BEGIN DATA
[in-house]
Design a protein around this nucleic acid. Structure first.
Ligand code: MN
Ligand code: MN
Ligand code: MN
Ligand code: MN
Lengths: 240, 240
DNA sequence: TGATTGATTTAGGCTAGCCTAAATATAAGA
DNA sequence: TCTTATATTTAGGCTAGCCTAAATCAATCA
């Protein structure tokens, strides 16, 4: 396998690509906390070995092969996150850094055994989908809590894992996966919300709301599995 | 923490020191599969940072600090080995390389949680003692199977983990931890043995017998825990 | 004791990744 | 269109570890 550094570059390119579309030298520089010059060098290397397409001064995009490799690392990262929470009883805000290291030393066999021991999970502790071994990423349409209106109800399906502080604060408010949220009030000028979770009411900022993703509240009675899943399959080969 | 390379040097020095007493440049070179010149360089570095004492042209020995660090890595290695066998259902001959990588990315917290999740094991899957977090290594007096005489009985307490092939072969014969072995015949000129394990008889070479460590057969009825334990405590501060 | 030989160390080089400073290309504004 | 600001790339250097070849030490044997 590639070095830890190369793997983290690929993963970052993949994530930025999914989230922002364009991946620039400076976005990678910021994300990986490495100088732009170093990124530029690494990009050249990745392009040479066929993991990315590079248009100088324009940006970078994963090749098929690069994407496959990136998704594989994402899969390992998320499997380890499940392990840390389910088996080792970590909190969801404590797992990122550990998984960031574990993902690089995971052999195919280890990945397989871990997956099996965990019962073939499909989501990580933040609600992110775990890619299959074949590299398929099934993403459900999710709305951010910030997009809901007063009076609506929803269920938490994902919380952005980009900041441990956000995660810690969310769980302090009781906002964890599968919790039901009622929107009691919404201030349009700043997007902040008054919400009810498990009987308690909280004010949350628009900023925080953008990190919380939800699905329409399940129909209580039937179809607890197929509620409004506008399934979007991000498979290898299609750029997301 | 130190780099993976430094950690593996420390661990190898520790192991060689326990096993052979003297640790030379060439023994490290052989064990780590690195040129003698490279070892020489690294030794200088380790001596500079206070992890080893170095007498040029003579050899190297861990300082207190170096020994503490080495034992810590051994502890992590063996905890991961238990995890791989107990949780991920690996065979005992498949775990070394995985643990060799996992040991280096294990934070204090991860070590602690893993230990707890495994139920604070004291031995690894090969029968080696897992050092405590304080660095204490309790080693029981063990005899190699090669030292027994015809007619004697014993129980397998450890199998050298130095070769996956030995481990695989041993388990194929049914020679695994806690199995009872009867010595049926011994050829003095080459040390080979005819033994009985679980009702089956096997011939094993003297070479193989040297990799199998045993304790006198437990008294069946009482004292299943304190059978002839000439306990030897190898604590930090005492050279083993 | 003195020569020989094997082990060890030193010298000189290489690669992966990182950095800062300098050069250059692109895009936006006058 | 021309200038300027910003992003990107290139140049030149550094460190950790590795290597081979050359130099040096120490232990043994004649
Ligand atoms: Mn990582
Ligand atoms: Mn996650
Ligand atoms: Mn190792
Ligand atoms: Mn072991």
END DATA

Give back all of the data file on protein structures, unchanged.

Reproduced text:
[in-house]
Design a protein around this nucleic acid. Structure first.
Ligand code: MN
Ligand code: MN
Ligand code: MN
Ligand code: MN
Lengths: 240, 240
DNA sequence: TGATTGATTTAGGCTAGCCTAAATATAAGA
DNA sequence: TCTTATATTTAGGCTAGCCTAAATCAATCA
């Protein structure tokens, strides 16, 4: 396998690509906390070995092969996150850094055994989908809590894992996966919300709301599995 | 923490020191599969940072600090080995390389949680003692199977983990931890043995017998825990 | 004791990744 | 269109570890 550094570059390119579309030298520089010059060098290397397409001064995009490799690392990262929470009883805000290291030393066999021991999970502790071994990423349409209106109800399906502080604060408010949220009030000028979770009411900022993703509240009675899943399959080969 | 390379040097020095007493440049070179010149360089570095004492042209020995660090890595290695066998259902001959990588990315917290999740094991899957977090290594007096005489009985307490092939072969014969072995015949000129394990008889070479460590057969009825334990405590501060 | 030989160390080089400073290309504004 | 600001790339250097070849030490044997 590639070095830890190369793997983290690929993963970052993949994530930025999914989230922002364009991946620039400076976005990678910021994300990986490495100088732009170093990124530029690494990009050249990745392009040479066929993991990315590079248009100088324009940006970078994963090749098929690069994407496959990136998704594989994402899969390992998320499997380890499940392990840390389910088996080792970590909190969801404590797992990122550990998984960031574990993902690089995971052999195919280890990945397989871990997956099996965990019962073939499909989501990580933040609600992110775990890619299959074949590299398929099934993403459900999710709305951010910030997009809901007063009076609506929803269920938490994902919380952005980009900041441990956000995660810690969310769980302090009781906002964890599968919790039901009622929107009691919404201030349009700043997007902040008054919400009810498990009987308690909280004010949350628009900023925080953008990190919380939800699905329409399940129909209580039937179809607890197929509620409004506008399934979007991000498979290898299609750029997301 | 130190780099993976430094950690593996420390661990190898520790192991060689326990096993052979003297640790030379060439023994490290052989064990780590690195040129003698490279070892020489690294030794200088380790001596500079206070992890080893170095007498040029003579050899190297861990300082207190170096020994503490080495034992810590051994502890992590063996905890991961238990995890791989107990949780991920690996065979005992498949775990070394995985643990060799996992040991280096294990934070204090991860070590602690893993230990707890495994139920604070004291031995690894090969029968080696897992050092405590304080660095204490309790080693029981063990005899190699090669030292027994015809007619004697014993129980397998450890199998050298130095070769996956030995481990695989041993388990194929049914020679695994806690199995009872009867010595049926011994050829003095080459040390080979005819033994009985679980009702089956096997011939094993003297070479193989040297990799199998045993304790006198437990008294069946009482004292299943304190059978002839000439306990030897190898604590930090005492050279083993 | 003195020569020989094997082990060890030193010298000189290489690669992966990182950095800062300098050069250059692109895009936006006058 | 021309200038300027910003992003990107290139140049030149550094460190950790590795290597081979050359130099040096120490232990043994004649
Ligand atoms: Mn990582
Ligand atoms: Mn996650
Ligand atoms: Mn190792
Ligand atoms: Mn072991």